Allotment slugs, circular beds and edible landscaping

Plot 103 is literally taking shape, and the shape is circular! It’s caused a little debate in our allotment neighbours (along with our scarecrow changing gender from Mrs Green to Green Man!) and I’ve spent quite a lot of time talking to people about what we’re trying to do and why. That means OH has spent quite a lot of time doing the actual tough work of digging and shaping the growing areas and the end result, yesterday, was the emergence of the second circular bed.

It looks great (yes, the cardoons are in the wrong place and need to be moved, but that’s where they were when we got the plot and we haven’t been able to relocate them yet) and echoes the shape of the round, tiered strawberry planter. The brassica cage sits off centre in the circle (which is actually something of an ovoid) and will be surrounded by edible planting.

The edible planting is starting to take shape too, although it’s still very low and unexciting to look at right now. One of the problems with starting an edible landscape from scratch is that nearly everything goes in as seedlings, so for the first year the planting is rather flat in profile. We’re working around what we decided to keep in place for at least a year: the cardoons, the redcurrants and the gooseberries and trying to build height and interest as soon as we can with fast-growing tall plants like hollyhocks, sweetcorn and mountain spinach and through annual climbers growing up screening. From next year some perennials like lavender, small rose bushes, fruit bushes and perennial broccoli will give structure through the year while others, like the cardoons and rhubarb, will give dramatic ‘splash shapes’ in summer and then pretty well vanish in the winter.

Anyway, in the picture you can see a planted area in front of the brassica cage that contains (from foreground to background) Redbor kale, fennel, leek, red cabbage, white poppy, iris, lavender, patio rose. In the metal hoop is another dwarf lavender seedling and a sprinkle of cornflower and other wildflower seeds. This planting area has been finished off over the weekend with a few nicotiana seedlings and a couple of marigolds.

A primary idea is that the mixed planting encourages pollinators and a wide range of other insects but confuses pests (like leek moth and carrot fly) that find their host plant by smell and work through a row or bed of the same plant, destroying them all. Another key idea that informs the creation of an edible landscape is that is should be beautiful. Ours isn’t yet… but I hope it will be by the autumn.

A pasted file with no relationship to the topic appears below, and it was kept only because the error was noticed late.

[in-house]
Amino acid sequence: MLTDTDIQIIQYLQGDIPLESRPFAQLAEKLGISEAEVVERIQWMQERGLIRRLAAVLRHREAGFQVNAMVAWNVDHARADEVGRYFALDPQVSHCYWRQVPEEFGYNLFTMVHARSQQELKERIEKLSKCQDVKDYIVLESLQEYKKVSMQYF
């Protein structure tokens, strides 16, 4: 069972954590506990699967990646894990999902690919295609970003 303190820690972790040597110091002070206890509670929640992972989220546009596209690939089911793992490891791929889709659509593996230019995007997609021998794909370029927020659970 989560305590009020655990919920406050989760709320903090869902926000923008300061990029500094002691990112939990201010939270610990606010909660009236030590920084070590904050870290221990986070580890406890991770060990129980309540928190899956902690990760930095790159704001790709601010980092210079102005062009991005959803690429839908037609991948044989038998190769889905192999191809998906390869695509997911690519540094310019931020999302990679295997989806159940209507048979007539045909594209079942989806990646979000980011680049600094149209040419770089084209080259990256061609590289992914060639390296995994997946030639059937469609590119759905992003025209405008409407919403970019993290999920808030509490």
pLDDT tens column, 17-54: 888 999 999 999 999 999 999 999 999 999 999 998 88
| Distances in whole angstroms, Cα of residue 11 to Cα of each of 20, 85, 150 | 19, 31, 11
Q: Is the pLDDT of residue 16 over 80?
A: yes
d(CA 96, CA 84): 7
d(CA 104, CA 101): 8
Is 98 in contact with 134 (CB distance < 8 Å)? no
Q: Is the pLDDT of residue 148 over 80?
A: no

Under one of the many bits of random metal, concrete and slab that are buried below the soil on plot 103 we found this monster. I’m not sure what it is but I think it’s a leopard slug. Urgh.

And I'm teaching a free workshop on writing about growing things on Saturday, if you're in Hove (East Sussex) and want to come along. It's first come, first served for around 20 people at Hove Library, New Church Road, starting at 11am and finishing at 1pm - I am bringing some allotment based baking to share at coffee break and there is a little writing competition to make it more fun!

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Posted by The Allotment Blogger on Tuesday, May 31, 2011


Anonymous EdibleLandscapeDesign said...

It sounds very nice! I always like to see people doing things differently -- there's no law that says vegetables have to grow in square boxes or in straight lines (and of course, left to themselves, they never would). :)

May 31, 2011 at 7:42 PM  
Anonymous Cathy Jones said...

Lovely idea - elements of permculture too? I am trying similar ideas in my garden although I have stuck with the boring straight rows at my allotment. Good luck - I will follow your progress.

June 27, 2011 at 1:22 PM  
Anonymous Anonymous said...

yes it is a leopard slug, they eat rotting vegetation so they are actually a help to the gardener

July 23, 2011 at 4:54 AM  
Anonymous Anonymous said...

Leopard slugs start out eating other slugs, other garden pests and rotting vegetation. When they are done with that, they start eating everything else, i.e., your flowers, vegetable plants, etc.

June 20, 2012 at 9:33 AM  

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